By Laura Thomas on | No Comments
Seeing a total eclipse of the sun is a rare and extraordinary event in anyone’s lifetime and there will be one over North America on August 21. The last solar eclipse over the United States was February 26, 1979 and I still remember my sophomore biology teacher warning us to protect our eyes and not look directly at the sun during the phase when it passed over us. However, it’s been nearly 100 years since a total solar eclipse has passed over the United States and one thing that makes this eclipse so unique is that it will be visible to such a large percentage of the U.S. population.
The path of totality will be visible (depending on weather conditions) along a narrow path stretching from Salem, Oregon to Charleston, South Carolina according to Space.com. If you live along the path of totality, you are in for a once in a lifetime experience! For the rest of North America, Central America and northern South America, a partial eclipse of the sun will be visible and dependent on viewing location. In order to determine how much totality will be in your local area, check the Great American Eclipse site where instructions on how to read the maps is explained.
The pull of photographing such an event is exciting but requires good preparation and planning. Below is a list of tips and tricks to use when photographing the eclipse along with links for more detailed explanations.
1. Safety first. I cannot stress this enough - Do not look at the solar eclipse without appropriate protection for your eyes! Even if part of the sun is covered by the moon, the light streaming around the sun is still too bright for the naked eyes. Please, protect your eyes! Solar eclipse glasses are available for both children and adults.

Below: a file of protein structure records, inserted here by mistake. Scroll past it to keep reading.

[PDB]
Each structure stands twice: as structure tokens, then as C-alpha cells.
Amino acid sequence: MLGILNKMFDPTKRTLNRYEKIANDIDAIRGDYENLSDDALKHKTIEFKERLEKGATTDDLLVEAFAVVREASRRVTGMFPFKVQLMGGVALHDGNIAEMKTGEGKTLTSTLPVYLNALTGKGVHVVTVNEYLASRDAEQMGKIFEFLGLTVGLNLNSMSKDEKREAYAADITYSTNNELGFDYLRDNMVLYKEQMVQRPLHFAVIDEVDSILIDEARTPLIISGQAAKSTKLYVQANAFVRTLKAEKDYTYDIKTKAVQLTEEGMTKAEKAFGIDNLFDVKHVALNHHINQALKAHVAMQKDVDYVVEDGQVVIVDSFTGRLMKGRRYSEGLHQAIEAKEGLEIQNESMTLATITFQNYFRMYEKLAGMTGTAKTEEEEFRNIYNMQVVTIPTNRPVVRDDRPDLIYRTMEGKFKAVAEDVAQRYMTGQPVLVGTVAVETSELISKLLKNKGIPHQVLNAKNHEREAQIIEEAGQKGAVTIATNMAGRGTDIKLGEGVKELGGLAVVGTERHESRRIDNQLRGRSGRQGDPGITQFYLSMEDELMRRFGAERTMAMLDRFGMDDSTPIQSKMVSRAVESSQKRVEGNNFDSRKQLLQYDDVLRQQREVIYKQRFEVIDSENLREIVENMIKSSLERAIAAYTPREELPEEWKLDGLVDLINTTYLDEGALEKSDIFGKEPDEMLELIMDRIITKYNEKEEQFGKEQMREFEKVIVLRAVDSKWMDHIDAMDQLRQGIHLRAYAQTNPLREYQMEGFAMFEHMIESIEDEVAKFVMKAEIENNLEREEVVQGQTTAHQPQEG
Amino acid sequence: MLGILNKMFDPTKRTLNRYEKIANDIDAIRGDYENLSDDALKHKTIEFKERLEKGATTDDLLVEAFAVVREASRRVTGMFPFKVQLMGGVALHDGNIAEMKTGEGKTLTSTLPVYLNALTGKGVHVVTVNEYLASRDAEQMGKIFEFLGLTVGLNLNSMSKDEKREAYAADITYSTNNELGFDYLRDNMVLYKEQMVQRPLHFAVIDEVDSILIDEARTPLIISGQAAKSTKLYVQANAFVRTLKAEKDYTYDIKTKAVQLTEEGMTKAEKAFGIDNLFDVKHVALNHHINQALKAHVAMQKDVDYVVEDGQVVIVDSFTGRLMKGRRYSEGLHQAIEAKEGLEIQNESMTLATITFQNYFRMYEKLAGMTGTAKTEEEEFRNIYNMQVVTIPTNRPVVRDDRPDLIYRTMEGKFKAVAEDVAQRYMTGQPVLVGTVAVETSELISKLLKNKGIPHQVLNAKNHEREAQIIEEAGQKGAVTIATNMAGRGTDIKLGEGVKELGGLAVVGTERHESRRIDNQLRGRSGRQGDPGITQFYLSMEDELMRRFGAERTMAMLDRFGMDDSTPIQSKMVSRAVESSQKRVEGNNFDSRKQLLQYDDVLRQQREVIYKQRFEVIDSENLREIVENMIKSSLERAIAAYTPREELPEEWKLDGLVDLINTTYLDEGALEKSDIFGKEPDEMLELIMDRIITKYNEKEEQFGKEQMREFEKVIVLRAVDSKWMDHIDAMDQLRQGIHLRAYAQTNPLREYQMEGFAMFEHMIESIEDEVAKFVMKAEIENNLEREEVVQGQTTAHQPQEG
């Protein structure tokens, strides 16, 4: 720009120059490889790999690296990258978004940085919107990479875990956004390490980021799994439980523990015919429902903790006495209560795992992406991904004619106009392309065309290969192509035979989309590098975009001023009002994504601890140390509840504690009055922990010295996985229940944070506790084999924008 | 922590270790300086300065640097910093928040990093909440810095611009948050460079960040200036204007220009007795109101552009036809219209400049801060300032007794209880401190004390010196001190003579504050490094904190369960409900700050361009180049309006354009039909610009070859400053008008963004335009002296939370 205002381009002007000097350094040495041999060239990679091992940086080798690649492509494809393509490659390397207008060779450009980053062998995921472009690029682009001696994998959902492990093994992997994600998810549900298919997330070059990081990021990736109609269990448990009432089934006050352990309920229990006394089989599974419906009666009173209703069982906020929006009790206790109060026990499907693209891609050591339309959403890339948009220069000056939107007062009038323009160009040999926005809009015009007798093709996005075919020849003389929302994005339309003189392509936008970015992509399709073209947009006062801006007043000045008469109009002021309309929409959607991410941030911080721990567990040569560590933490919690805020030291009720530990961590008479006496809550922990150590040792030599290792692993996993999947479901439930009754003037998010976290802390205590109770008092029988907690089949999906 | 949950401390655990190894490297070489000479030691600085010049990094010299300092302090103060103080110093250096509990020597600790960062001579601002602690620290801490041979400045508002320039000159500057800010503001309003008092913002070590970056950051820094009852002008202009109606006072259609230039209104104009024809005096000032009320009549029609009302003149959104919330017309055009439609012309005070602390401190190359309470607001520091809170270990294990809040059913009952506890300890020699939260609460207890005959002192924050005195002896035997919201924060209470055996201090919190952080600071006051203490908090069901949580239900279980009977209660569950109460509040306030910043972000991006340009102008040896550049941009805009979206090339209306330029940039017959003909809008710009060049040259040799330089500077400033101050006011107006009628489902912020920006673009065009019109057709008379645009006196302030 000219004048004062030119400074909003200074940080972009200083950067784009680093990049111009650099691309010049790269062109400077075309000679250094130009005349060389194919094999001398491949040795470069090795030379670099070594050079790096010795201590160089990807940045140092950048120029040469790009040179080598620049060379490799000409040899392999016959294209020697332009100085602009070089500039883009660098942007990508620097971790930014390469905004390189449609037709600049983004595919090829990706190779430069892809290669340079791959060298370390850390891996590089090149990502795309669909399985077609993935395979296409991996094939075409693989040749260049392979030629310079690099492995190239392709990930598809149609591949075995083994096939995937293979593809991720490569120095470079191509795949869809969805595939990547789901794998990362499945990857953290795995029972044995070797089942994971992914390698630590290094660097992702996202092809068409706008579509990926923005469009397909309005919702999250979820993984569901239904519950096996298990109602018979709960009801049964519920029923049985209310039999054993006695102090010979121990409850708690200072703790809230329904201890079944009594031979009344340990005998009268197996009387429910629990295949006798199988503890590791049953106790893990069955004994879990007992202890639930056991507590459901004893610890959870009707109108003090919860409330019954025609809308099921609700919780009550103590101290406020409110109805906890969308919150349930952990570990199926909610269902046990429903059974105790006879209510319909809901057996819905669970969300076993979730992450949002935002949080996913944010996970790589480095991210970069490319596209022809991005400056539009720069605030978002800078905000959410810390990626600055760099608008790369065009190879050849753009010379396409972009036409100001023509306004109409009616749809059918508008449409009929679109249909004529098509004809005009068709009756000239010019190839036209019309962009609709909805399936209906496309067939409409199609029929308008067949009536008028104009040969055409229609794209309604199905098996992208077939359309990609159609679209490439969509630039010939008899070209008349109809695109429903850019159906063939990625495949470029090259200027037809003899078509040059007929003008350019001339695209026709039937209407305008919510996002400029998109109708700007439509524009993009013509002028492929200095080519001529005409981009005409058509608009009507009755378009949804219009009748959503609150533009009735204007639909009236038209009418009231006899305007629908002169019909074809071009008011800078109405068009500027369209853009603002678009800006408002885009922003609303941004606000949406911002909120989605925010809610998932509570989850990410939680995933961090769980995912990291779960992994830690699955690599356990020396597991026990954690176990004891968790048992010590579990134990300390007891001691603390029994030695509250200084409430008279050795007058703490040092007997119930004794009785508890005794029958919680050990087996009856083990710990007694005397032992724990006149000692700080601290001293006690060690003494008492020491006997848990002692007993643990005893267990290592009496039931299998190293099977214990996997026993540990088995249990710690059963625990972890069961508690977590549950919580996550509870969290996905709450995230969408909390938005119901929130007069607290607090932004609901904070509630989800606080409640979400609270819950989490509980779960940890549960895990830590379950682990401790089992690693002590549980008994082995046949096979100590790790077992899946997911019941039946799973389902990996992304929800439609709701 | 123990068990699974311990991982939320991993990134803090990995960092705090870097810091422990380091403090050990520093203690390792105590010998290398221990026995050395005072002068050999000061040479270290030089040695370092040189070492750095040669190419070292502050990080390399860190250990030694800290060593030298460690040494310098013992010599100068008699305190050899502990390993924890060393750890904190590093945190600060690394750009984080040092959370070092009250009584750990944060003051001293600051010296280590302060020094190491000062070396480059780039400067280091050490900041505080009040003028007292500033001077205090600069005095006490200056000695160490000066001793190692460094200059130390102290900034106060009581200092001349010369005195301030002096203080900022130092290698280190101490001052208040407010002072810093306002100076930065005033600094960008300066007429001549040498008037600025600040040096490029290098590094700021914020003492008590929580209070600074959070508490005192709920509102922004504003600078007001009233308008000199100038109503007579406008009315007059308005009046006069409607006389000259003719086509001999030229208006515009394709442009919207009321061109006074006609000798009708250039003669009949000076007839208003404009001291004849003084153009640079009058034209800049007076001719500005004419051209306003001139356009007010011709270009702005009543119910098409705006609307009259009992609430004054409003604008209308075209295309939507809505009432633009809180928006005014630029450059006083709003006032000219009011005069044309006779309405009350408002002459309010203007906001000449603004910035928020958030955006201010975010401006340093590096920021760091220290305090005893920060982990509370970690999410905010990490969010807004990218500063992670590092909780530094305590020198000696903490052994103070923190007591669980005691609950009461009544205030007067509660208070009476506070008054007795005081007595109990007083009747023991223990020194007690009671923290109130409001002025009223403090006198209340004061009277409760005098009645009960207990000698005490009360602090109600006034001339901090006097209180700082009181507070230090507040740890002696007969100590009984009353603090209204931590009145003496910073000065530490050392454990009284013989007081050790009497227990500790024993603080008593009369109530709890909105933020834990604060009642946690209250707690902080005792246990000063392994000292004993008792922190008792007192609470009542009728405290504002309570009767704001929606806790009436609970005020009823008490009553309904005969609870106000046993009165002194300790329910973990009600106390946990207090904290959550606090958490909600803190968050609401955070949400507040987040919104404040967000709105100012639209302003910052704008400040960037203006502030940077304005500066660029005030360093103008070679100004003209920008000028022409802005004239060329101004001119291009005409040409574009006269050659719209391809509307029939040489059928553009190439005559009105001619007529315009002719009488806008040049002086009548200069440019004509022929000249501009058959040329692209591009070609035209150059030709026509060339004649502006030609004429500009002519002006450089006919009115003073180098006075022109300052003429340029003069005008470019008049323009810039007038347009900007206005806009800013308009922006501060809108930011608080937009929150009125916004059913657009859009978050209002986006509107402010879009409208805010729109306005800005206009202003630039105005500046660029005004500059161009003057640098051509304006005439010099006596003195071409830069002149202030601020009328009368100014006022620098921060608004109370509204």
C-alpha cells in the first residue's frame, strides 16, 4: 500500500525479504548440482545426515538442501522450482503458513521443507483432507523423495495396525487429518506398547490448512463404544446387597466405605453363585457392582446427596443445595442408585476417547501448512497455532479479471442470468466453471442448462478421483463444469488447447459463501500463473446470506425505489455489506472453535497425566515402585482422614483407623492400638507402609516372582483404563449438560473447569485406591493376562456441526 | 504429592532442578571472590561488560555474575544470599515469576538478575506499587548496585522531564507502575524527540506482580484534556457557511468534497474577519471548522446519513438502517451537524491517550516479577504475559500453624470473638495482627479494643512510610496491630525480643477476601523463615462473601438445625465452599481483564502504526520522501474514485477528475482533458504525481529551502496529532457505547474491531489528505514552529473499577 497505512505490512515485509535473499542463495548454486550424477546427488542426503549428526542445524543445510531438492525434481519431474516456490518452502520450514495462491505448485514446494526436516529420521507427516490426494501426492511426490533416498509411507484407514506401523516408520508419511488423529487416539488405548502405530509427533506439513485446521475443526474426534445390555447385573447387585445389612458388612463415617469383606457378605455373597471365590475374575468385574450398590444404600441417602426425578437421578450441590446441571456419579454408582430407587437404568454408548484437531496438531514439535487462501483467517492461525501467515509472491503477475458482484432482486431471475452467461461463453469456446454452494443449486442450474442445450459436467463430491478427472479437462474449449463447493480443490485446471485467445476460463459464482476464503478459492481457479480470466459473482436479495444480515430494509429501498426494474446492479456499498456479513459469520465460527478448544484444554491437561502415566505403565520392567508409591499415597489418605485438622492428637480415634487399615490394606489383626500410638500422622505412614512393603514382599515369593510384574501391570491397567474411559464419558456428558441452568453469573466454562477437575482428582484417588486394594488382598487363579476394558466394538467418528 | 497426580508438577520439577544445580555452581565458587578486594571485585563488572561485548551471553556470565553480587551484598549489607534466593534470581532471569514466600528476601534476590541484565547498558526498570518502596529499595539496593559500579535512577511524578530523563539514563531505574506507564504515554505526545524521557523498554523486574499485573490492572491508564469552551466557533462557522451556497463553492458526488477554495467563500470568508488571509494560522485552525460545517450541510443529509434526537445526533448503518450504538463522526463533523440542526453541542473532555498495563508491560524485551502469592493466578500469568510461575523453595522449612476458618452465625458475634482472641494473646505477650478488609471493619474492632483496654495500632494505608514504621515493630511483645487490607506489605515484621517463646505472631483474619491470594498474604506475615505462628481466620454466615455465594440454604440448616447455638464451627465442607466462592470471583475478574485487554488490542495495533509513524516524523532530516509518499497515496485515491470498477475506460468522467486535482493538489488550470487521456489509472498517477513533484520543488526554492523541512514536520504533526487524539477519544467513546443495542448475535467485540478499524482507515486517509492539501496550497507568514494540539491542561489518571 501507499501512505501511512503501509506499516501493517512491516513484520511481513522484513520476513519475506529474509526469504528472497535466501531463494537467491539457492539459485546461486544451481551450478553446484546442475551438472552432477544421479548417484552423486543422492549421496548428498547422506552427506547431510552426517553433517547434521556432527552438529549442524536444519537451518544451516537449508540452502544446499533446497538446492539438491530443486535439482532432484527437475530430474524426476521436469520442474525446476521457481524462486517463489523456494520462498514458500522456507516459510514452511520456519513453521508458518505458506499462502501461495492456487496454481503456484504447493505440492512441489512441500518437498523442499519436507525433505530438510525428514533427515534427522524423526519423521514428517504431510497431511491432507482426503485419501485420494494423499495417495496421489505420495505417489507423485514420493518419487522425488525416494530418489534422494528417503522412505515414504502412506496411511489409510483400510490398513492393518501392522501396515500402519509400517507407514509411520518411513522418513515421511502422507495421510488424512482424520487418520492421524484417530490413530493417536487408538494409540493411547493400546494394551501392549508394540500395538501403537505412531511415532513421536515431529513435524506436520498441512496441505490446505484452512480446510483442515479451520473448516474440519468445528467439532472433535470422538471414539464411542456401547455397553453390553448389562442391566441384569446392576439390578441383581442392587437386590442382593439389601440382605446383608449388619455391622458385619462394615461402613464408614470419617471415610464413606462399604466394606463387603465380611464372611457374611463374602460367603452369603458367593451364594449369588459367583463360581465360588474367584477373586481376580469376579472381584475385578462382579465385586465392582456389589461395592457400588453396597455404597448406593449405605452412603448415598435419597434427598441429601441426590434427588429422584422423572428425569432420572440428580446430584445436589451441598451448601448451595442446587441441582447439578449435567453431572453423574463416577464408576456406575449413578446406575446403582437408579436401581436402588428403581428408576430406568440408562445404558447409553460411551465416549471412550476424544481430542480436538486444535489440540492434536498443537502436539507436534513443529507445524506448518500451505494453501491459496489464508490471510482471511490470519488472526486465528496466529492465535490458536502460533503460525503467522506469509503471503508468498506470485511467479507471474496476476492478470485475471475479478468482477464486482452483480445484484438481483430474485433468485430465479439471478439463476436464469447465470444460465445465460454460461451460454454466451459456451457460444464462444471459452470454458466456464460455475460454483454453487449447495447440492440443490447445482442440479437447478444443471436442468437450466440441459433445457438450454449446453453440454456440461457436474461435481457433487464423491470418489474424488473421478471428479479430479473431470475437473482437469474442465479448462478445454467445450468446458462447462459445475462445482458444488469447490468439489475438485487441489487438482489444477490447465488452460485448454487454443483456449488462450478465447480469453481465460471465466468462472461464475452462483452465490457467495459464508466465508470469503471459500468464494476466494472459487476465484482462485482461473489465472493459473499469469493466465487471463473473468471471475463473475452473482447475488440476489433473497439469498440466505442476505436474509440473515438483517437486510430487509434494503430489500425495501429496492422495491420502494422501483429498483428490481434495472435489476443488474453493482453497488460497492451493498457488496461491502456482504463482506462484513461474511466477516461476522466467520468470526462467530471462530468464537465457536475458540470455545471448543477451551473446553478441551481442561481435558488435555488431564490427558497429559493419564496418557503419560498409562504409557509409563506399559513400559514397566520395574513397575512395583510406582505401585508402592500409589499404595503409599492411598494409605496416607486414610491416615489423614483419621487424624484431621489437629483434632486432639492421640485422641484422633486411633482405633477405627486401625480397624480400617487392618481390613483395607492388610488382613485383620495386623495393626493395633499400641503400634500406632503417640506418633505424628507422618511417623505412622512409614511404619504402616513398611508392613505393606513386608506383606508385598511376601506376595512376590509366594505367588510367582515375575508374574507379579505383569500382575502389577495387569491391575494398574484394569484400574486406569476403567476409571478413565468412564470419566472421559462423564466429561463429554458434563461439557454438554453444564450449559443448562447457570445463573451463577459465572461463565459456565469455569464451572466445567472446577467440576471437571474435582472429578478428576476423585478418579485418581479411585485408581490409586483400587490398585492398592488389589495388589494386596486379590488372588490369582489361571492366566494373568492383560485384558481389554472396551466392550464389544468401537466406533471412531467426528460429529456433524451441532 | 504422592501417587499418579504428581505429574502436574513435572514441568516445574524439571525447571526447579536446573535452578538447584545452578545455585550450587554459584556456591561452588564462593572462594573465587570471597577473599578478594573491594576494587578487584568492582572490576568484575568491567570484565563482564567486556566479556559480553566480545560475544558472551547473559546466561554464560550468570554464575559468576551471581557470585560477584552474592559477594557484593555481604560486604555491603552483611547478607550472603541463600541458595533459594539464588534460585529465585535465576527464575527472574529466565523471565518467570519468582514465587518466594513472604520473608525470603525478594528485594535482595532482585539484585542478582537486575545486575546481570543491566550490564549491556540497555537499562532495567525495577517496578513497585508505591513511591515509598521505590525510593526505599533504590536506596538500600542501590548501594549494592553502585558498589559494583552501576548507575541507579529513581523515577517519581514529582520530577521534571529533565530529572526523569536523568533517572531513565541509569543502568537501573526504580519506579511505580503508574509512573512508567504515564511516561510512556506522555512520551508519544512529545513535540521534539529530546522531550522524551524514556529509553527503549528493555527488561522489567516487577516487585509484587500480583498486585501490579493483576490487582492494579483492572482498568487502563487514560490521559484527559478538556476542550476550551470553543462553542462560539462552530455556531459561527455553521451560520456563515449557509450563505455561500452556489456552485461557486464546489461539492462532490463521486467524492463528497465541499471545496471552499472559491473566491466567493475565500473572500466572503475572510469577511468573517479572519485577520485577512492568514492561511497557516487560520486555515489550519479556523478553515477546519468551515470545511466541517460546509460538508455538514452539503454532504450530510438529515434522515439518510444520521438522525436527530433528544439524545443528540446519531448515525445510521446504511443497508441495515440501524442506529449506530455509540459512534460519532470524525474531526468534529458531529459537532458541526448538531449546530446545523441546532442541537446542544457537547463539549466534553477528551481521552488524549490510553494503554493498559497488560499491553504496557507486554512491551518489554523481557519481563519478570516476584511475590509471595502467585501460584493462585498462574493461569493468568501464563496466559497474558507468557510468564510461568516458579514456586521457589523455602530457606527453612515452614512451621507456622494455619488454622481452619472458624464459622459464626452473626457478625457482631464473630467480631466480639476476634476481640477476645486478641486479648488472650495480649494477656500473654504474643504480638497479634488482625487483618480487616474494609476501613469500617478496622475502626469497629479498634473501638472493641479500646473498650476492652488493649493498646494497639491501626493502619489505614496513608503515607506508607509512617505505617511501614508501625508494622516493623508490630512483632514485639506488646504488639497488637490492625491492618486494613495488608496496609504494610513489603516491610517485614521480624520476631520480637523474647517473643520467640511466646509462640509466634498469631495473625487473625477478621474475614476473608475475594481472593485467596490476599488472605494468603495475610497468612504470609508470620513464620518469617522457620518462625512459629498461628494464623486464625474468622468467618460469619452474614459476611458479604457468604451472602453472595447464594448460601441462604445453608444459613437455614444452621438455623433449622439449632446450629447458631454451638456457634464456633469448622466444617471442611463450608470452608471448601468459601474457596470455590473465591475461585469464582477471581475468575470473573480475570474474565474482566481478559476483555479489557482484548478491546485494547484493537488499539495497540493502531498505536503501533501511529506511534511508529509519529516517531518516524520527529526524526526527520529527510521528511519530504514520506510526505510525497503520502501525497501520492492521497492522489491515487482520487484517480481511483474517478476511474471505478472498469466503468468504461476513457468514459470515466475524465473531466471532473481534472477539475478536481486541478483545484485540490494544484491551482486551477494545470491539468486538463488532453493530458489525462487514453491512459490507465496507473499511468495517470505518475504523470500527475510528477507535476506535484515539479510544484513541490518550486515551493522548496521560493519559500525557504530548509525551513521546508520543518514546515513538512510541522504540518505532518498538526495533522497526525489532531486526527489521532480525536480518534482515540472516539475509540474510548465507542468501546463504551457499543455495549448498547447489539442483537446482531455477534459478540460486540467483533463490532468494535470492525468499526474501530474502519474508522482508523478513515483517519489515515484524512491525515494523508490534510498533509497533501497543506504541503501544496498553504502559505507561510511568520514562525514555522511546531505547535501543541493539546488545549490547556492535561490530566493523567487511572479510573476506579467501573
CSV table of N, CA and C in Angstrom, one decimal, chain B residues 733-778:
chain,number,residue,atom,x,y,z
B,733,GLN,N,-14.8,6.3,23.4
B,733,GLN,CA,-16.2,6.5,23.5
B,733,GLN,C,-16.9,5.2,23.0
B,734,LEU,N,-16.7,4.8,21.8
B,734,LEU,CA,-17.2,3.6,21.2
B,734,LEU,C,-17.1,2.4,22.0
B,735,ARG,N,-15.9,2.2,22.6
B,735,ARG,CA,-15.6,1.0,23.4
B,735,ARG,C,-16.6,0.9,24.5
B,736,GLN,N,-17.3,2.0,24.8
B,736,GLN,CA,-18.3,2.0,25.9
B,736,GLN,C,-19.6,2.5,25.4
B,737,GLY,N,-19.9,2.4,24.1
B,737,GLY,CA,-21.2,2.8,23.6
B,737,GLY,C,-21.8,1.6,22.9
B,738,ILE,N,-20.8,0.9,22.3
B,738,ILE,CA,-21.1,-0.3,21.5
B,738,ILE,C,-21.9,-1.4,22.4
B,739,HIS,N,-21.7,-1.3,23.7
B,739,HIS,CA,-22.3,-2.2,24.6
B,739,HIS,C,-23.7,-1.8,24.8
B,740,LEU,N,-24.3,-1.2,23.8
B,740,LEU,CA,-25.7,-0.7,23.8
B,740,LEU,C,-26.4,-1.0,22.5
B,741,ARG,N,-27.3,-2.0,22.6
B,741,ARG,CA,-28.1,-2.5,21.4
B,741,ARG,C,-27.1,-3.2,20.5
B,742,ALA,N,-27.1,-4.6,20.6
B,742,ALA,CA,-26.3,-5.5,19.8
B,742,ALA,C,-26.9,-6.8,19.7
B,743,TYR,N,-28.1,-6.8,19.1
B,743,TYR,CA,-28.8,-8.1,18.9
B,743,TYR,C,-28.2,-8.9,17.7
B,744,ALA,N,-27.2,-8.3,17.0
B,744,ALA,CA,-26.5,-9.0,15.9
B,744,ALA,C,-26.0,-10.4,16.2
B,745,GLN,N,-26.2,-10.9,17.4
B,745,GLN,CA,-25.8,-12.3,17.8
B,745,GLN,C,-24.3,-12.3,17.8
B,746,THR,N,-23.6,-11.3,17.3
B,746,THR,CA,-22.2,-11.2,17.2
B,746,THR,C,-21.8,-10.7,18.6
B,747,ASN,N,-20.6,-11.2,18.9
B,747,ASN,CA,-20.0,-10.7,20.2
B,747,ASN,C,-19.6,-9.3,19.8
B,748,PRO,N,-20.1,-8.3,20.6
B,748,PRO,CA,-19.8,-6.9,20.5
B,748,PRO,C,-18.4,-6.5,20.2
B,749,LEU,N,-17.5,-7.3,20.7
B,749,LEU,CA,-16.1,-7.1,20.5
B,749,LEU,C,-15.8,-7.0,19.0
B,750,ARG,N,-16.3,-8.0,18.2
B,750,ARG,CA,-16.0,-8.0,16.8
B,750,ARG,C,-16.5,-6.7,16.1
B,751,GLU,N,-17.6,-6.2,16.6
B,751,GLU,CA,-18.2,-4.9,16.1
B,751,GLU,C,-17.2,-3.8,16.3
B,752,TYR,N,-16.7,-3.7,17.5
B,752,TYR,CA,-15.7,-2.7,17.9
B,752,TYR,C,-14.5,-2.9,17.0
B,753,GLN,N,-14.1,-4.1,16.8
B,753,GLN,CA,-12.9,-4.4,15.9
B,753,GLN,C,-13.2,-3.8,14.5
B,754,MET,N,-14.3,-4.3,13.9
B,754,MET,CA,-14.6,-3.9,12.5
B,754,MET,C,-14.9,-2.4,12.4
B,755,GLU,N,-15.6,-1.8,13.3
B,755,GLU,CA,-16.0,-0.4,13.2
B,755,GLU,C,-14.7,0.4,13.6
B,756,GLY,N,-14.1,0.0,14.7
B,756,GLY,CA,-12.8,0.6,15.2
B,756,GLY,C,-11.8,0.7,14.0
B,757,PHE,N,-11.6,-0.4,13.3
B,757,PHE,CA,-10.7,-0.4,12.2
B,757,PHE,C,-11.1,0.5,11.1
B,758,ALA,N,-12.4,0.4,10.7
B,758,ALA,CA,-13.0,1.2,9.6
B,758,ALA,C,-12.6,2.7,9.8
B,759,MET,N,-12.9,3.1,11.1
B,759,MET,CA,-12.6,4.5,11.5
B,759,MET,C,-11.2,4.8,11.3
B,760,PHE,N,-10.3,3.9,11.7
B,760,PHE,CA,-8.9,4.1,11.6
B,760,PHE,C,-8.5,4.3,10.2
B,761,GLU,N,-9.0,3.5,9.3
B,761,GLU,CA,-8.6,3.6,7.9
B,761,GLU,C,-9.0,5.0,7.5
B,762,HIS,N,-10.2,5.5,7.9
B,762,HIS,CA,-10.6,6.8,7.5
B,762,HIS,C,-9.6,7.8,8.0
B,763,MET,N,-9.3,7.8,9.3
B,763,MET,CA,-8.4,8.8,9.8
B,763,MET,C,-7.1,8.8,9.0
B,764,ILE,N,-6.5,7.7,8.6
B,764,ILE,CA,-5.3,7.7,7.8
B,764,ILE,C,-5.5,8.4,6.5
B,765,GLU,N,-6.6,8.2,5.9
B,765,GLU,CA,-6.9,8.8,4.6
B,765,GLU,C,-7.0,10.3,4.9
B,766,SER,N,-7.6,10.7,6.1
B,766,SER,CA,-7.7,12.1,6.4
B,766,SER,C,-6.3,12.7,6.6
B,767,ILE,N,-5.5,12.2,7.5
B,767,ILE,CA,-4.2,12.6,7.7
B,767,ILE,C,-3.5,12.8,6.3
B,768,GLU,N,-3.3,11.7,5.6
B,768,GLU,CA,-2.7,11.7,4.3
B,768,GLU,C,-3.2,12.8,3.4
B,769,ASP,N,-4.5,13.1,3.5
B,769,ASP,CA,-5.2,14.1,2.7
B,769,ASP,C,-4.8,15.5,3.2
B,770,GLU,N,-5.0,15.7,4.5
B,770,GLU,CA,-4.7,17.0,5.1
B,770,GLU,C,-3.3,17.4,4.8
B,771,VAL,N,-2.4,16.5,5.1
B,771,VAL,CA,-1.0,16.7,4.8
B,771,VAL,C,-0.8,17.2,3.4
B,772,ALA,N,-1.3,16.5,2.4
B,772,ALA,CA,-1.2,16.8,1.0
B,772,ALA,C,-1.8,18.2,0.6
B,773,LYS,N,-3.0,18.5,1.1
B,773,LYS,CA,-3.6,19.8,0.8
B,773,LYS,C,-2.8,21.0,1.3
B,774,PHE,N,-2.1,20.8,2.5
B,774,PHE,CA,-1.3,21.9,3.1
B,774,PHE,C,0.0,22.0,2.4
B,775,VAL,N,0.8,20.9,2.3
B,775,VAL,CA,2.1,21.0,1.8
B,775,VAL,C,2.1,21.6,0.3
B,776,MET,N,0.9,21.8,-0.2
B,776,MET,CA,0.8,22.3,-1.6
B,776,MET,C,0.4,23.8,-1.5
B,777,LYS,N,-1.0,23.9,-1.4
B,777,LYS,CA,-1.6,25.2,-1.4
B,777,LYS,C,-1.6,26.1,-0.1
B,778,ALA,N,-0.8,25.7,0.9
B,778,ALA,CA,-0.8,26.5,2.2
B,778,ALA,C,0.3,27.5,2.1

2. Getting your gear together. It is possible to photograph the eclipse with your DSLR and you will need the following items:
3. Camera settings. Much like shooting the moon, there are a few things to keep in mind when setting up your camera so that your images are sharp and capture the detail of this extraordinary event. Much like shooting the moon, there are a few things to keep in mind when setting up your camera so that your images are sharp and capture the detail of this extraordinary event.
Shutter Speed. Remember, the moon is traveling across the sun so you will want to stop motion with your shutter speed. Approximately 1/125 will do the trick and while you might be tempted to up it to 1/1000 (or higher depending on camera body), it won’t really give you an advantage.
Aperture. You’ll want a medium aperture of f/8 or f/11. This will produce a sharp image without having to worry about chromatic aberration or diffraction. If you open your aperture up too much (f/2.8, f/4, etc), you’re gambling with the overall sharpness of the moon and sun. Conversely, stopping down the aperture too much (f/16, f/22) can cause the light to reflect throughout the glass elements of the lens and leave behind abnormal optical artifacts.
Live view. This handy feature on your DSLR will help you with both composition and focus. You can use the zoom tool on the back of your camera while in live view to fine tune your focus manually. Auto focus might work, but you’ll need to quickly preview and zoom in to make sure things are sharp but you’ll want to be really quick if you use this method. Depending on where you are in the path of totality, you will most likely have some form of daylight during the event and will want to check exposure when setting up focus.
Remote trigger or delayed timer. Even when using a sturdy tripod, pressing the shutter with your finger can cause a tiny bit of vibration which will lead to a blurry image. Instead, use a remote trigger or set your camera for a two-second delay for maximum sharpness.
Chimping. Previewing the back of the camera is great, but don’t spend too much time doing this or you will miss the eclipse! There will only be a few minutes during the total eclipse so maximize the opportunity and admire your work after the event is over.
Laura is married and has two children who keep life exciting. She loves people, capturing beauty and enjoys a spending time with her family. She is the Co-Founder of PRETTY (Pretty Presets, Pretty Actions + Pretty Forum).